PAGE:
There’s a quest in The Elder Scrolls V: Skyrim that requires you to enter a sewer and locate someone at the other end. Most players confronted with that task probably didn’t think twice about sending their avatar into a filth-encrusted maze crawling with drug-addled beggars they’ll cut down as casually as they’d tell Pac-Man to eat an apple. Meanwhile there’ll be a subset of players who judge the quest not merely on its mechanical merits, e.g. the button prompts required and the material gain of potential loot, but as a proposal with logical consequences to be considered through the lens of a persona. One Dragonborn may blunder into the sewer, but another may refuse the offer on the grounds of having better things to do than crawl through excrement and murder homeless people.

This is the world of videogame roleplaying, the logical conclusion for any gaming enthusiast who longs to immerse themselves fully in a virtual world. It’s about using the imagination to skirt around a game’s inability to perfectly simulate a fictional universe, treating a game not as a pure mechanical challenge but as a world where actions would have plausible reactions. So the systems at work under Skyrim’s hood may make it possible to stick a bucket on a merchant’s head and rob them blind, but if the land of the Nords was an actual place not constrained by limitations of technology and man-hours, trying to pull the same trick would have a more realistic outcome.

More than that, those who dabble in roleplay often adopt elaborate personas with backstories, traits, skills, even hopes and dreams. Skyrim’s mechanics arguably encourage a jack-of-all-trades approach to problem-solving, since there’s little reason not to use both warhammers and fireballs if the opportunity arises, but a roleplayer usually gives their avatar realistic skillsets based on their history. The key to an interesting story is conflict, after all, and there’s not much room for conflict if your protagonist has no real weaknesses. So roleplayers tend to give their characters some sort of Achilles’ heel, ranging from being scared of the dark to secretly sympathising with an unpopular faction, using the game as stimulus to create organic little stories. On a purely mechanical level, Skyrim’s quests tend to boil down to killing things and exhausting dialogue bins, but if you make the effort to apply a bit of real-world logic it can add a whole new layer to the experience.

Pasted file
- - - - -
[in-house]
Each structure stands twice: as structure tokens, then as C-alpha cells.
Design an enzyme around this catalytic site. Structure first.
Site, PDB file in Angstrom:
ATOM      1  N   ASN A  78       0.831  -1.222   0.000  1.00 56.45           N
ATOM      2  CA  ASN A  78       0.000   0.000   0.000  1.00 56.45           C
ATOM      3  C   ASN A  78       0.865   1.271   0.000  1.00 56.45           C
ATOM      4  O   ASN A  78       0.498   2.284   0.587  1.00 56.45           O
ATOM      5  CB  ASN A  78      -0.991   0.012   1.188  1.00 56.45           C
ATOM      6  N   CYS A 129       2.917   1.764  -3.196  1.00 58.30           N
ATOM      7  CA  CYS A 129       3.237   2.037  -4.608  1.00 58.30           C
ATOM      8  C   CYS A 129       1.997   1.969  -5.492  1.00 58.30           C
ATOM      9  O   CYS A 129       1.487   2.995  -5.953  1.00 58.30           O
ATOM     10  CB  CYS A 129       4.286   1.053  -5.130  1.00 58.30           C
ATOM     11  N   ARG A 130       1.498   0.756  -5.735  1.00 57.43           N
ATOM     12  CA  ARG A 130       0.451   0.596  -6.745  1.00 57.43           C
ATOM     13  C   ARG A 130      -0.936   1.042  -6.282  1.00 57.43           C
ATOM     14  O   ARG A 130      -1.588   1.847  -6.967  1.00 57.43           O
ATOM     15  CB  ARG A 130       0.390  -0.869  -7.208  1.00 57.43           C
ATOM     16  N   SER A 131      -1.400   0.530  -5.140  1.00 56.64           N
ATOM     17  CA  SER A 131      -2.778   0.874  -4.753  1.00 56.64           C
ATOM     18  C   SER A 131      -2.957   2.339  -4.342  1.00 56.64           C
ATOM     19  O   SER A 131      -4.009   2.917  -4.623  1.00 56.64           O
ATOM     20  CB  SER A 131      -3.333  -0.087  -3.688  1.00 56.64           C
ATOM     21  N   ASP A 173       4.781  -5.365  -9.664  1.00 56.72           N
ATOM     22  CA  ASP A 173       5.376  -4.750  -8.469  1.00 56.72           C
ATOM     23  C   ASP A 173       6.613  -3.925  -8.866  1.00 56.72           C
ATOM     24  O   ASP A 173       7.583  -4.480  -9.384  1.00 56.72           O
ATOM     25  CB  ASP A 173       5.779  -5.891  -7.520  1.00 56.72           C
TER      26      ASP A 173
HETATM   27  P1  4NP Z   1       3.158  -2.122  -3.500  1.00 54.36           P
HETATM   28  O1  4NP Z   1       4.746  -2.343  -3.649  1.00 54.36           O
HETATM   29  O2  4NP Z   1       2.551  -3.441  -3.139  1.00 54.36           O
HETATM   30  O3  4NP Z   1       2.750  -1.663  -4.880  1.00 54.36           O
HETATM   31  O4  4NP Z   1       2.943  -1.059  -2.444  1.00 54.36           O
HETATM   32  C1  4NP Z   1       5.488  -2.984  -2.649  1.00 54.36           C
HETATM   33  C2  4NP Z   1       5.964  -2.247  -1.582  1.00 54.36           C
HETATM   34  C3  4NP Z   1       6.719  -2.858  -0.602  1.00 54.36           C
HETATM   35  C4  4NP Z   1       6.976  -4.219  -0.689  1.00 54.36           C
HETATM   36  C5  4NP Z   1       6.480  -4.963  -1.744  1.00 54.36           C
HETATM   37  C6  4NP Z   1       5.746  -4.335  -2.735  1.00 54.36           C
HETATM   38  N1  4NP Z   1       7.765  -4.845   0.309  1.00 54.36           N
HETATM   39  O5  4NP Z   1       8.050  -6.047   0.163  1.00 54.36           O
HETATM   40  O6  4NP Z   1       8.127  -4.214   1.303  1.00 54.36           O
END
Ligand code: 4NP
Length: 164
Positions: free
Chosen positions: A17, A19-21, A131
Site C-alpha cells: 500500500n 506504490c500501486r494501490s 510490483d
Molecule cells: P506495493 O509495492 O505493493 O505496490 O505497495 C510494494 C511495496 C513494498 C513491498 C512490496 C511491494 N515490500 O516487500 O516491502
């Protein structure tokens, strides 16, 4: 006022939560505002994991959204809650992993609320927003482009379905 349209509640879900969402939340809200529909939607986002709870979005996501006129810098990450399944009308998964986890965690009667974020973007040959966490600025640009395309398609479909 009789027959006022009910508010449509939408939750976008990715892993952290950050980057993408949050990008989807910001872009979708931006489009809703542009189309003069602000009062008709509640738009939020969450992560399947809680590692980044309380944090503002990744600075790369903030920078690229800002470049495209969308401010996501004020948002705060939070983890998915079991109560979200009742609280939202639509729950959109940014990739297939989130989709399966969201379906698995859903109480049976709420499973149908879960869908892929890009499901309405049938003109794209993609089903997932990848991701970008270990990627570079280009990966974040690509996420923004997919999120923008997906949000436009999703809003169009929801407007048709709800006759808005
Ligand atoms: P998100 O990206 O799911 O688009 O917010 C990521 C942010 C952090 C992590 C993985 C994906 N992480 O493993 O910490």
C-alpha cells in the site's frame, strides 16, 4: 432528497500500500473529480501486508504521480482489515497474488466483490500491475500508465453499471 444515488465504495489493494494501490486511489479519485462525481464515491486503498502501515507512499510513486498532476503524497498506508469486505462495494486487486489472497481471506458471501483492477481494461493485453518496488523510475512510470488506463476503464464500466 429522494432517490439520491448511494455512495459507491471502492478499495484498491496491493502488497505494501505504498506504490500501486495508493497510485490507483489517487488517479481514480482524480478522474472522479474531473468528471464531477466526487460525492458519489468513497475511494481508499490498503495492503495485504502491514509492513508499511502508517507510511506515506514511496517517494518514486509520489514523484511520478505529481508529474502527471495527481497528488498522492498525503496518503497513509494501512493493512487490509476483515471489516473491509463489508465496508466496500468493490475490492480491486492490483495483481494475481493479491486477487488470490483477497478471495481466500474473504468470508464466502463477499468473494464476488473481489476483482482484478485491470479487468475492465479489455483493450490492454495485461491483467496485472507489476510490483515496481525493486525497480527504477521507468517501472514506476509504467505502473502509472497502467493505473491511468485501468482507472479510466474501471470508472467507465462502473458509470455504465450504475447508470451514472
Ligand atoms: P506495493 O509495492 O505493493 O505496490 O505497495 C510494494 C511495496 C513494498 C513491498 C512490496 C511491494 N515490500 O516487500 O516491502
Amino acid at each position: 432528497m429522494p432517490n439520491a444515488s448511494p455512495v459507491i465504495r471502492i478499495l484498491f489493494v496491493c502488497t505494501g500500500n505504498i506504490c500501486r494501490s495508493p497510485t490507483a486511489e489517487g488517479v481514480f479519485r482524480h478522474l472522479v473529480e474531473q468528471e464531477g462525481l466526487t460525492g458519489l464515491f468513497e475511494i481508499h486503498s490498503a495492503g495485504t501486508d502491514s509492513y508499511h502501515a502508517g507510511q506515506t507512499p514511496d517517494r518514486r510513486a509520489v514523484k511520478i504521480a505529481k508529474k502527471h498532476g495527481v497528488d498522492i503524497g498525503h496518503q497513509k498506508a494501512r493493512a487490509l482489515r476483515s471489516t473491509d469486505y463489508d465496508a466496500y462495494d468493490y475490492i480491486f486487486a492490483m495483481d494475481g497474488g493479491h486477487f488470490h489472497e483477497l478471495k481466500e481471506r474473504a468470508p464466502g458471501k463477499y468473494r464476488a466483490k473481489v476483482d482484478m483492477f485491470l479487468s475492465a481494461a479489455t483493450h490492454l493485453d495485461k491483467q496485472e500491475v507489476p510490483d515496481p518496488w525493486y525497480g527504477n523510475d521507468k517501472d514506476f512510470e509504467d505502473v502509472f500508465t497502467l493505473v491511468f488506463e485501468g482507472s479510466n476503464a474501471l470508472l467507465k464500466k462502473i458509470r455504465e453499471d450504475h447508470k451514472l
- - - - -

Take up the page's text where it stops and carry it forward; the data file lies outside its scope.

That the concept seems so alien and counter-intuitive to a lot of gamers kind of suggests just how irrationally people’s avatars tend to behave, as per the psychotic kleptomaniac mentioned above. The mere fact that games present no real danger to the player, since the worst that could ever happen if you get your character killed is having to replay the section you failed, immediately creates a huge barrier between the experience of a player, and that which their avatar would logically have within the context of a world that, from their perspective, would be no less real than we find ours. Roleplaying can thus be summarised as the following: “How would a character from within this universe act if presented with this situation?”

My own sheepish forays into the world of roleplay really made me acknowledge how artificial the powergaming mindset is, particularly when applied to fleshed-out worlds such as that of The Elder Scrolls; if I loved the universe Skyrim presented and wanted to fool myself into thinking I was part of it, then why did I routinely murder any passer-by who might be carrying at least fifty gold? I seriously think anyone who considers videogames a medium with potential for narrative should conduct their own experiments, be it with Skyrim or anything else, and see if it makes them look at games from a fresh angle.

Play games long enough and you develop blind spots for events that, in any kind of rational world, make no dang sense whatsoever. Roleplaying forces those illogical occurrences into the spotlight. I consider Dark Souls a far better game than Skyrim from a mechanical sense, but the latter’s open-ended layout makes it easily the richer pool for roleplay. The fact that roleplay is something which can turn a mechanically inferior game into something truly special is, I think, already proof enough that it deserves more critical attention than it gets.

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About the author

Jazmin Frost

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Aspiring novelist, veteran nerd. I'm a young gal with a Creative Writing degree and pretensions of making a living from it. Mostly I write science fiction and fantasy and I’ve penned a fair few short stories, but my great hope is to finish my first novel and find a publisher willing to back it. I welcome anybody with questions about my writing. Beyond that, my chief interests are videogames, movies and nerdom as a whole, and I enjoy scribbling reviews and other analytical pieces.